Here we are, trying to plant an heirloom orchard on our homestead. We’ve got plenty of winter storage apples, cider apples and even an early summer apple that ripens on the 4th of July. Now comes my favorite type of apple: Pie apples.
Pie apples have a crisp texture that holds up well to cooking, and strong acidity that helps to balance out the sugar in the pie. More often than not, when someone tells you that a particular variety is a “good pie apple” it’s actually horrible for baking.
Why is that? It turns out apple pie tastes have changed over the centuries.
A good pie apple used to mean one that turned to mush inside the pie shell. The pie shell itself was made from boiled water and flour and was more a cardboard container than edible.
The book Apples of Uncommon Character notes that “old time pie apples” may not be the best modern pie apples. One of the apples was labeled an old-time English pie apple, which he translated to mean, it cooks down completely into a slimy mush in a pie shell.
All this time, it’s been about changing tastes in pie. Historically, at least in Britain, a good pie apple was one that disintegrated completely in the shell.
Wolf River is one such example. If you actually try to make a pie with Wolf River you’ll be pretty disappointed with the results. We tried three times, with apples from three different Wolf River trees, and each time the result was the same.
A gooey mess of applesauce inside a pie crust. They completely disintegrate. Beyond that, they don’t taste that great as a cooked apple.
Every time I see a barrel of wolf river apples at the farmers market labeled “Old Fashioned Pie Apple” it makes me want to pull my hair out. You grew those apples, have you really never bothered to make even one pie with them?
They may have once been considered a good pie apple, but applesauce pies have long since gone out of fashion. Pie has changed a lot over the centuries, and though I’m a big fan of heirlooms, be careful when someone tells you that it’s an old-time pie apple.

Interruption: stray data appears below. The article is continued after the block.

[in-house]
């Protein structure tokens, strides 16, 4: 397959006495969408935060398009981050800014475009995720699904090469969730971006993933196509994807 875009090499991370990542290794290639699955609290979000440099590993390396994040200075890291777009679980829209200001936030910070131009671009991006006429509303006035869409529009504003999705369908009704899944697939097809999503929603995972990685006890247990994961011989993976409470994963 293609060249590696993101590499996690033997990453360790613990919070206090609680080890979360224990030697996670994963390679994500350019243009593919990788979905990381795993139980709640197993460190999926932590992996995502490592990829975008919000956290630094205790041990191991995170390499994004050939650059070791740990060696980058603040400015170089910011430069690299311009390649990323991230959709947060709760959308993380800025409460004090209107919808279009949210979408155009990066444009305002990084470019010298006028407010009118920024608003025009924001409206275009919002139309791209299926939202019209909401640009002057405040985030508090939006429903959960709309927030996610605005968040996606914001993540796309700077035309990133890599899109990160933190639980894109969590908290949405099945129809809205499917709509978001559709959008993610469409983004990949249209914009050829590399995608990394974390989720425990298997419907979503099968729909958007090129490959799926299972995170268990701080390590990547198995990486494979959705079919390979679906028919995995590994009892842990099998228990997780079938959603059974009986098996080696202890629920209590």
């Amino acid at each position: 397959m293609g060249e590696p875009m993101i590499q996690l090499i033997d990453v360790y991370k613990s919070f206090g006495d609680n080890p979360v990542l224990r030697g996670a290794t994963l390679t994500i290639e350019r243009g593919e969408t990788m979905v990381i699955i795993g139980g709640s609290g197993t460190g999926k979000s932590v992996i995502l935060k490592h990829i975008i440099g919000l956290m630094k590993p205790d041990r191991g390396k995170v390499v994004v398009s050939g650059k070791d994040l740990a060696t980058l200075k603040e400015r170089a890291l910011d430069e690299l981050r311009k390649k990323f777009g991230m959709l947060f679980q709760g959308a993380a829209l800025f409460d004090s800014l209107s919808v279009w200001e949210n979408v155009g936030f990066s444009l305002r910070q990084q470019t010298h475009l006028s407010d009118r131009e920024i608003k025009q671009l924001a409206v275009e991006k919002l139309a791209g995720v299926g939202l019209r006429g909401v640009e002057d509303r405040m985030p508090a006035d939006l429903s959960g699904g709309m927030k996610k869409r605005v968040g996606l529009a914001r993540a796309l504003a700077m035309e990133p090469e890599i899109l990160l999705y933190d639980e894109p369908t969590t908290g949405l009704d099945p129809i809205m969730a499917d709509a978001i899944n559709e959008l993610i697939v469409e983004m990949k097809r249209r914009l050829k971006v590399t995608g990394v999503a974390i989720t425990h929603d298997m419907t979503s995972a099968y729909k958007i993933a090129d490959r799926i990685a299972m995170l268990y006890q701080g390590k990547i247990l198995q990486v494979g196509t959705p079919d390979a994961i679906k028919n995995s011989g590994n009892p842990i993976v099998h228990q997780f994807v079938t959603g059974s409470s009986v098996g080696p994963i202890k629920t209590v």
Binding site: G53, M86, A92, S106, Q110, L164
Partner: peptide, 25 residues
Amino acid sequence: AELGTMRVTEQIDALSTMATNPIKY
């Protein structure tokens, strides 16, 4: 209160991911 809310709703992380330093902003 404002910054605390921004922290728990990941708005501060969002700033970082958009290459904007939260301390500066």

By today’s apple pie standards, a pie apple is an apple with strong cellulose and a good bit of acid. The cellulose in the cell walls of the fruit keeps it firm and crunchy even when cooked.
The acid prevents the pectin from breaking down when cooked, which in turn further helps to strengthen the cell walls and keep the apple slices intact. Beyond that, the acid helps to balance out the sweetness of the added sugar, making for a more satisfying apple pie.
Best Apple Varieties for Pie
- Braeburn – A traditional baking apple that actually holds up to today’s standards of great apple pie.
- Golden Delicious – The flavor is a bit one-dimensional for my tastes, but golden delicious make the perfect apple pie to suit the broadest range of tastes. Described as holding together firmly, but with an almost buttery texture.
- Golden Russet – Generally thought of as a cider apple, golden russet is high acid and very firm. They make beautiful pies if you can find them on the farmer’s market table.
- Granny Smith – A canonical pie apple, it holds its shape beautifully. Their flavor can fall a bit flat in a pie, and they’re best mixed with other varieties.
- Honeycrisp – Actually bred for a crisp texture and high acid, Honeycrisp is the perfect pie apple. They’re my go-to for homemade pie.
- Jonagold – This apple tastes exactly like fall, and one bite and you know what apple pie should taste like. They don’t store that well, so bake them into pie quickly. Consider mixing with Granny Smith for a balanced pie.
- Northern Spy – A new England regional favorite, these apples store well into winter. They have a firm texture and nice acidity even after months of storage, and I use them for pies mid-winter.
- Pink Lady – A bit sweet for my tastes, but pink lady holds together beautifully and is just tart enough to make an interesting pie.
Apple Pie Recipes
Now that you have a few apples to choose from, here’s a selection of top-notch apple pie recipes.
- Easy Puff Pastry Apple Turnovers
- Apple Ginger Pie
- Apple Hand Pies
- Maple Sourdough Apple Hand Pies
- Vegan Apple Pie (No butter vegan recipe)
- Snickerdoodle Strussel Apple Pie (Gluten Free)
- Cranberry Apple Pie
Apple Pie Variations
Though they may not be pie, all these recipes also require a firm apple with a nice acidity.
- Apple Pie Bread Pudding
- Apple Pie Shortbread Bars
- Handheld Mini Apple Pie Cookies
- Caramel Apple Pie Parfait